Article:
A Baltimore Intersection to Avoid

Noted without further comment:

assholes

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8 Responses to A Baltimore Intersection to Avoid

  1. Brett Bellmore says:

    I’m kind of missing the reasoning here. If I believe in the 2nd amendment as a last ditch solution to tyranny, I can’t complain about arson, or innocent store owners being robbed? How’s that work?

    Could you fill in the details a bit?

  2. anthrosciguy says:

    Sha

    What do you think you’re going to do with a “second amendment so!ution”? Not hurt someone or something?

    • Brett Bellmore says:

      Well, I’d hope it would be a *guilty* someone or something. Not just whoever was convenient, and had portable merchandise to walk off with.

      Was that sporting goods store owner being a tyrant, expecting people to pay for their Nikes?

      Seriously, you do get the whole “targeting the guilty” vs “targeting the innocent” distinction, right? Guns, riots, they’re both means. One hopes they’ll be put to just ends, but I don’t see the justice in that riot. Too many of the victims were innocent.

  3. delagar says:

    You seem pretty obtuse there, Brett. The reasoning behind the 2nd Amendment is that we are allowed to use violence against our government when our government is behaving unjustly towards us, its citizens. AND YET, when the government of Baltimore (and elsewhere in these United States) acts unjustly towards its citizens, and these citizens protest (some of them with violence), Conservatives cry out against them.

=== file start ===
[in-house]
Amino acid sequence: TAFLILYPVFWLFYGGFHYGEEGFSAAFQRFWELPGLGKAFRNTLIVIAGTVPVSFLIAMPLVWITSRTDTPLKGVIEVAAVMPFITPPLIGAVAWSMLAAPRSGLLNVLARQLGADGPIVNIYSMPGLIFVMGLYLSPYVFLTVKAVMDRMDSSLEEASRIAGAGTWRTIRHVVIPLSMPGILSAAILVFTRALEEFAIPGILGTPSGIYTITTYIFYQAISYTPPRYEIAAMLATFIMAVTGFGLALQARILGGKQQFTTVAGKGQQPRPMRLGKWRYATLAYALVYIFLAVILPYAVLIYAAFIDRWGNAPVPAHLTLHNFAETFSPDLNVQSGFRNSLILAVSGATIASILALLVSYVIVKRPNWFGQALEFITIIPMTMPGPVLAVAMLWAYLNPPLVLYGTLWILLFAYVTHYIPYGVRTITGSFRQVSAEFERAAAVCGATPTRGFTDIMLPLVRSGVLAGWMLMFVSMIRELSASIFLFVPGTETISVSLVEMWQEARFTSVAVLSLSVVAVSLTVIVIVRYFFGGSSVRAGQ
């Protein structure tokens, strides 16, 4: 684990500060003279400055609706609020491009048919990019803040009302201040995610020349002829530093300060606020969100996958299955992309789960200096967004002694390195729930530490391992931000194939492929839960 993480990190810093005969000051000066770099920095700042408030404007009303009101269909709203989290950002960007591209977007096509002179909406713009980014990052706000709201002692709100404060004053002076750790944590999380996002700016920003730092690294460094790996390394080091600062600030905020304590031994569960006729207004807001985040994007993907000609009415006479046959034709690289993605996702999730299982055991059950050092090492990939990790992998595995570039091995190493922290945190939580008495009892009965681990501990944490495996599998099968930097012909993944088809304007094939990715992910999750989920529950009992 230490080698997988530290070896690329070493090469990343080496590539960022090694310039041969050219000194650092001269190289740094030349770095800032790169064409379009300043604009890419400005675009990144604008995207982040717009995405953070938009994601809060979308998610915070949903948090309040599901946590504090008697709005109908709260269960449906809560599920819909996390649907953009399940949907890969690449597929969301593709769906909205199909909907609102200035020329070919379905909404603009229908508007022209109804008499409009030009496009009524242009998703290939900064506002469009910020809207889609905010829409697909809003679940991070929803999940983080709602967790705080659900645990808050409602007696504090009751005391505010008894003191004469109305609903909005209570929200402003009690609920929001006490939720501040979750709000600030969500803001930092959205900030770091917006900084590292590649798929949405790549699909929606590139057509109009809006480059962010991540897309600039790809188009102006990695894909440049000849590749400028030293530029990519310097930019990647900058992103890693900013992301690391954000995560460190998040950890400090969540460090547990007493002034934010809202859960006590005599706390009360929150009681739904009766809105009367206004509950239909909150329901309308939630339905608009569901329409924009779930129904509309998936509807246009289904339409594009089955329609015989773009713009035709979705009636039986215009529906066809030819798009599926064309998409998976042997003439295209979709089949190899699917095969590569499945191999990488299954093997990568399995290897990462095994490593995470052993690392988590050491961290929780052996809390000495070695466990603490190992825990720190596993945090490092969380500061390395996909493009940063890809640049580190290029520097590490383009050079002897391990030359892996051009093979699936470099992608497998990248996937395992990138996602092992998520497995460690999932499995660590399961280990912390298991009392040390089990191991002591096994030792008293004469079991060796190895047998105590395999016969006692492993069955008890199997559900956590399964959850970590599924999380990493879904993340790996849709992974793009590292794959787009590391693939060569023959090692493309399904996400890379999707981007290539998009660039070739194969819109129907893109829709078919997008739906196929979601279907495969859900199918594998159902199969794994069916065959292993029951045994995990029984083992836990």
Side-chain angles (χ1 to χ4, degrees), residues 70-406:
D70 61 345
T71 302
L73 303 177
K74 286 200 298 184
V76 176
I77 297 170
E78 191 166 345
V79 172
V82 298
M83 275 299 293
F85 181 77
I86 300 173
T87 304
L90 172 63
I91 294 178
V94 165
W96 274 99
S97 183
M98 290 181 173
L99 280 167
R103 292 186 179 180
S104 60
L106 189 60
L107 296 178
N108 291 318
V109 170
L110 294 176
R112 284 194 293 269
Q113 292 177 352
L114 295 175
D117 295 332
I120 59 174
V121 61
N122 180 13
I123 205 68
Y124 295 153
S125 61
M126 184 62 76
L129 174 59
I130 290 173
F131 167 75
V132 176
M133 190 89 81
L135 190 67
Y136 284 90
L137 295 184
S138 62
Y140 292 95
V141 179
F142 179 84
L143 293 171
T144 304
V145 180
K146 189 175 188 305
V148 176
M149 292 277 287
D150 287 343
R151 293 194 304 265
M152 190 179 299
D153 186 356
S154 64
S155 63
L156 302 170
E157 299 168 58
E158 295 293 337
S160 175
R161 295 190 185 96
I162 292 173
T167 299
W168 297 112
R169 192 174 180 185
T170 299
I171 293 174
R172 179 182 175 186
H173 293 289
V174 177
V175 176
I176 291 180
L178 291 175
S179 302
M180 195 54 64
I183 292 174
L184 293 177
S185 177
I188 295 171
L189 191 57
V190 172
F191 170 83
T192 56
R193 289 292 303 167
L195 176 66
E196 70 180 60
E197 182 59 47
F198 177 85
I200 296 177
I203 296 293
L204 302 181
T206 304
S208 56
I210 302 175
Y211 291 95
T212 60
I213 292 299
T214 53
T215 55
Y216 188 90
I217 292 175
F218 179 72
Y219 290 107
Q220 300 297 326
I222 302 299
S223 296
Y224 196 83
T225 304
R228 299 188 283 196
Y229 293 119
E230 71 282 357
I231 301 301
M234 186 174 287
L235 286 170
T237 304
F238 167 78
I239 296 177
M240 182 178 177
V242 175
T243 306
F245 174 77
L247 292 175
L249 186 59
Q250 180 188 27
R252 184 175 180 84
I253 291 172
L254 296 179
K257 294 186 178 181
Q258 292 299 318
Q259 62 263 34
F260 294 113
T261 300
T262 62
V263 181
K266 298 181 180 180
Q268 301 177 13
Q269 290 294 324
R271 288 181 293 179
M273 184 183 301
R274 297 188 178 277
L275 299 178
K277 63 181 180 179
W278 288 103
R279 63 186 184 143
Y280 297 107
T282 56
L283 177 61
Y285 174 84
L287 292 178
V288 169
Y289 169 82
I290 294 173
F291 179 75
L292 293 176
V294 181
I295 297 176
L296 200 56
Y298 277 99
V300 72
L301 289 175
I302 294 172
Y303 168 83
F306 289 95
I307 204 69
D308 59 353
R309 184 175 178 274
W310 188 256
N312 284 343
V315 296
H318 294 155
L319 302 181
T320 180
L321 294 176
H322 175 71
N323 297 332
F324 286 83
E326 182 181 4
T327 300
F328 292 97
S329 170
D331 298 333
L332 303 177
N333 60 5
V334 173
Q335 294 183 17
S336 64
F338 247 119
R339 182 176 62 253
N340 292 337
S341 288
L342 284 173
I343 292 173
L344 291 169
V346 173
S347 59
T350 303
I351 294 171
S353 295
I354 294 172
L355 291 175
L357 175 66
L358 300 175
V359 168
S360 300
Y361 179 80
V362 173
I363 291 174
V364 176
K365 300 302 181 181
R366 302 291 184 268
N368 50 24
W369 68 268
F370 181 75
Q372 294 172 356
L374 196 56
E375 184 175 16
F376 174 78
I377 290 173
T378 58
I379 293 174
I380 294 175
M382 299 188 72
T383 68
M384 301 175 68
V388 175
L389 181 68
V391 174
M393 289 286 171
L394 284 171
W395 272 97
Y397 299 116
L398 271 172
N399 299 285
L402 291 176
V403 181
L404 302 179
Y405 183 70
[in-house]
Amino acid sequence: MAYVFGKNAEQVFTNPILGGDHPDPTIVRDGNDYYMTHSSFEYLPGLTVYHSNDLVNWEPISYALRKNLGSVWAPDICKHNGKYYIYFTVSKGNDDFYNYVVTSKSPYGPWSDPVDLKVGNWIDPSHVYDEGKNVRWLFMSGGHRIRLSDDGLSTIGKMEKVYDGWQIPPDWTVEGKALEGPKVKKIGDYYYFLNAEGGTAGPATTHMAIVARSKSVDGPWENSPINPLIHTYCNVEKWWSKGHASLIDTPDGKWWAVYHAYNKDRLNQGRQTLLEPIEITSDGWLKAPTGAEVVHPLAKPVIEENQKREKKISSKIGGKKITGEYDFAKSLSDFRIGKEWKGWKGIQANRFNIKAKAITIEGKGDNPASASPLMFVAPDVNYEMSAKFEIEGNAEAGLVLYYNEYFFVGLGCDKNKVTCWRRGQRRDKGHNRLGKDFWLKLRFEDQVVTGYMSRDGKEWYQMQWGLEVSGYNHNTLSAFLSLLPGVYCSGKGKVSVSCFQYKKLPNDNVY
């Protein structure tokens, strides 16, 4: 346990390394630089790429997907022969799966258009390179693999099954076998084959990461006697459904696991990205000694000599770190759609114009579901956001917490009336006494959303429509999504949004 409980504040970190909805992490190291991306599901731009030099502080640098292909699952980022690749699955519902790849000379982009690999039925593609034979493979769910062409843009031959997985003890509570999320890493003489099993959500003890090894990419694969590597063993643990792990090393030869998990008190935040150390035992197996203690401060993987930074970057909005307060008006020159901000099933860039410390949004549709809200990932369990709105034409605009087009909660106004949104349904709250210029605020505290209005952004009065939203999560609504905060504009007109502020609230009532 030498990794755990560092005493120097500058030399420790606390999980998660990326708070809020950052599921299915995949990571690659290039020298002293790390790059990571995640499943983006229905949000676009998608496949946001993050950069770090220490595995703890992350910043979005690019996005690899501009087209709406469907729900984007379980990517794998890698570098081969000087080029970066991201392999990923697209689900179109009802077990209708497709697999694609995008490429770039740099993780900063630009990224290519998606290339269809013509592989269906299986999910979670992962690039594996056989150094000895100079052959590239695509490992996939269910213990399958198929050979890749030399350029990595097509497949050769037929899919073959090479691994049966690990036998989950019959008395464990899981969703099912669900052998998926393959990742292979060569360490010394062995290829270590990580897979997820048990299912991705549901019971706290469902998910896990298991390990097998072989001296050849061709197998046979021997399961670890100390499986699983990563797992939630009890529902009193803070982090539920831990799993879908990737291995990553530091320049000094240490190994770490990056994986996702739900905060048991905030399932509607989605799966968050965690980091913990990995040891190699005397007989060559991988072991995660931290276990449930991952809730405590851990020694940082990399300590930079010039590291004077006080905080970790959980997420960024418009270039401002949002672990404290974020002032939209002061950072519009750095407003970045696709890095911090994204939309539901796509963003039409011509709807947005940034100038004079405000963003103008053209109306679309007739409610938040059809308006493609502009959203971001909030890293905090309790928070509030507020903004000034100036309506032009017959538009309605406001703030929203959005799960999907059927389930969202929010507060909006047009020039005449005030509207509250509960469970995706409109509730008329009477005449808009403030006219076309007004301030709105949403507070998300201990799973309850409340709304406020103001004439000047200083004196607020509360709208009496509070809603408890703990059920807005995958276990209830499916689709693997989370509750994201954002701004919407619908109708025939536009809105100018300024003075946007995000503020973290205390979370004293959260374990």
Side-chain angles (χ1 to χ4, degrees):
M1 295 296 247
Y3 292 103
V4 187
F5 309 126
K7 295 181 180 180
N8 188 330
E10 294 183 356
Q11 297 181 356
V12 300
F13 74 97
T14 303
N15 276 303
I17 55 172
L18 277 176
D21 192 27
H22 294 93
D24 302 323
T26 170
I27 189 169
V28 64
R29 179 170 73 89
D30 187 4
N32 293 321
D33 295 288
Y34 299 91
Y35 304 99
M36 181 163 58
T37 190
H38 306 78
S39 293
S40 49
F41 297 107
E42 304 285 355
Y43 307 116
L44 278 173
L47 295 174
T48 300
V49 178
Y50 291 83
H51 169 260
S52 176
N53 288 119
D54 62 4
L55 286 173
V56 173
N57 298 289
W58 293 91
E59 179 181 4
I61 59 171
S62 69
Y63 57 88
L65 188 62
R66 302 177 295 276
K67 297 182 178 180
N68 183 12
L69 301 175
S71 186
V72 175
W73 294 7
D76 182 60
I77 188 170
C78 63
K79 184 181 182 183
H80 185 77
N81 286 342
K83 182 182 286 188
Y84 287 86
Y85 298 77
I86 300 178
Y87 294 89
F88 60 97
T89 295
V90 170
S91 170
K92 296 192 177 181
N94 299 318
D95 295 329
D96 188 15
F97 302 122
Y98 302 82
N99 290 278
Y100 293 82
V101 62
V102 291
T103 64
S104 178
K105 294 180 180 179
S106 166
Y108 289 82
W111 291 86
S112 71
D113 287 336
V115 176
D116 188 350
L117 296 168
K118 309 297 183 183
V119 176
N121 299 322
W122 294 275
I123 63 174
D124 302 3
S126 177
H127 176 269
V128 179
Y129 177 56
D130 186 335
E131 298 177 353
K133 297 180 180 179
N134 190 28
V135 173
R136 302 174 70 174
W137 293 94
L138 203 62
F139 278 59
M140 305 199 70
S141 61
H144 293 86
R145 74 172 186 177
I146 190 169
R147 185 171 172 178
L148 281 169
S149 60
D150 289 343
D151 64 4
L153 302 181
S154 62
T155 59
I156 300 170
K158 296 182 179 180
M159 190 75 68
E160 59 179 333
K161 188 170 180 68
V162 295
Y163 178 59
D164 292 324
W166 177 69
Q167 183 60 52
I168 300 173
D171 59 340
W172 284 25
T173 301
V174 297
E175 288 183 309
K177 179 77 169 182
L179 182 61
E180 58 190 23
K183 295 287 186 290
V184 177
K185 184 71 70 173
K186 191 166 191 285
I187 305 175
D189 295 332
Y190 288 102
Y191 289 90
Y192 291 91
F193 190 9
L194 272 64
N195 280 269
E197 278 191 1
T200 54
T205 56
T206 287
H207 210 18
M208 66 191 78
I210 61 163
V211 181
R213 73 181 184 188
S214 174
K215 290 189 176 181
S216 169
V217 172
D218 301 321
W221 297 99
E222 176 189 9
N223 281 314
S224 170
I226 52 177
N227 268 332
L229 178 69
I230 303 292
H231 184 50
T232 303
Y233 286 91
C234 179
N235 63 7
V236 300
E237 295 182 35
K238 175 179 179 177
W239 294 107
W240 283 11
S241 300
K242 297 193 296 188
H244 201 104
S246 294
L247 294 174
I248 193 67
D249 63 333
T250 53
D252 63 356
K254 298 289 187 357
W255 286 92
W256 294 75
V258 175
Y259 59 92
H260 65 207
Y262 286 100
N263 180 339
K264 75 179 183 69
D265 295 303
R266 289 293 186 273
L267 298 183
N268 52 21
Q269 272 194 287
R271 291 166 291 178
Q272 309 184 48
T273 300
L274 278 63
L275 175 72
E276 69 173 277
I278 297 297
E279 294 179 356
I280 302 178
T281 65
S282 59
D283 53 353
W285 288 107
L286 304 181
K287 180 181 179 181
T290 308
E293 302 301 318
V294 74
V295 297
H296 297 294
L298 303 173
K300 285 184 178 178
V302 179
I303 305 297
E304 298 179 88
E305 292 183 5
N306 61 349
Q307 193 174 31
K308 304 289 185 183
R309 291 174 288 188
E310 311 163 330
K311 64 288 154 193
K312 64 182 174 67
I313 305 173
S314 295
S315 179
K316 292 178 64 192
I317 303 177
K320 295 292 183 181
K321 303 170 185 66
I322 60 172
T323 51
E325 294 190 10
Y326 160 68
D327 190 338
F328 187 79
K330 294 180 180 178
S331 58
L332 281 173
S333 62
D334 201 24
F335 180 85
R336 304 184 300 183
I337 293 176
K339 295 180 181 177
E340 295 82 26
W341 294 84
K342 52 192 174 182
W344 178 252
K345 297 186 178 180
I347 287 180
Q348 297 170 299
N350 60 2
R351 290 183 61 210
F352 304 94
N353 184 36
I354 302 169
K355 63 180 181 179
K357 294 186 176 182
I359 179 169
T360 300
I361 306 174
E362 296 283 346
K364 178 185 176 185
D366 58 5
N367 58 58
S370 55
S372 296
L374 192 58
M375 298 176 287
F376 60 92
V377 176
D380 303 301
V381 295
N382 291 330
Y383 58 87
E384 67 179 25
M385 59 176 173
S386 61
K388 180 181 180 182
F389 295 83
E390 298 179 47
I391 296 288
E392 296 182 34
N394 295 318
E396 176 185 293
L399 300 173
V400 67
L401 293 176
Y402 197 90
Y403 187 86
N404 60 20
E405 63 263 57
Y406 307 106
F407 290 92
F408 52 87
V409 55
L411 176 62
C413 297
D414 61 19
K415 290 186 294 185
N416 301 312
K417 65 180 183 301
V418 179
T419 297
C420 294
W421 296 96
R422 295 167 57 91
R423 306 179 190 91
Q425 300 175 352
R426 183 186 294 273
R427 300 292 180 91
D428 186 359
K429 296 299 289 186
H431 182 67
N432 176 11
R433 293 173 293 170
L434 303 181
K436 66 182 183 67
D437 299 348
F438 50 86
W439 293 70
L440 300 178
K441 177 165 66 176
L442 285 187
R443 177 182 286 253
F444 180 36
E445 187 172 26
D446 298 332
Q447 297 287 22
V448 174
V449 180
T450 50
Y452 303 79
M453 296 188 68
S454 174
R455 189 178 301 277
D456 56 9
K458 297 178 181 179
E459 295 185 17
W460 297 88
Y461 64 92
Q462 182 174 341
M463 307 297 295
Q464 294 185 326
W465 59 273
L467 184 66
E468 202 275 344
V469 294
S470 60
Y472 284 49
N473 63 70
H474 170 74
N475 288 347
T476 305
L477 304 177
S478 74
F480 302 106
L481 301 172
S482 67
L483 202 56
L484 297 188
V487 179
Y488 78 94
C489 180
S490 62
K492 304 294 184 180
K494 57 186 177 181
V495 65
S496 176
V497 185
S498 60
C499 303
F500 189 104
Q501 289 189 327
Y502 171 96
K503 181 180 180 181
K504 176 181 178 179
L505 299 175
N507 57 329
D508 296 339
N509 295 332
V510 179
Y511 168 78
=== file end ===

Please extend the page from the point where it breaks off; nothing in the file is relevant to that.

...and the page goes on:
Because apparently only SOME KINDS of citizens have the right to defend themselves against governmental injustice?

    Is this what you would argue?

    • Bayesian Bouffant, FCD says:

      The reasoning behind the 2nd Amendment is that we are allowed to use violence against our government when our government is behaving unjustly towards us, its citizens.

      Is it? I must be pretty dense, because I always thought it said,

      A well regulated militia, being necessary to the security of a free state, the right of the people to keep and bear arms, shall not be infringed.

      I must not be reading between the lines properly.

      • Brett Bellmore says:

        You do have to read between the lines, or read other writings of the founding fathers, to understand it. Why a militia, rather than a standing army? Why the security of a free state, rather than just any old state?

        You’ve got to put it into context to understand it. The context being what the people who wrote it thought they were doing.

        • dr2chase says:

          Which was to enable state militias to exist so that they could quell slave rebellions — that was at least on the list, if not the entire list.

          • Brett Bellmore says:

            Yeah, that’s the ugly excuse enemies of this civil liberty use to attack it, as though the right to keep and bear arms wasn’t treasured in states where there was no such prospect.

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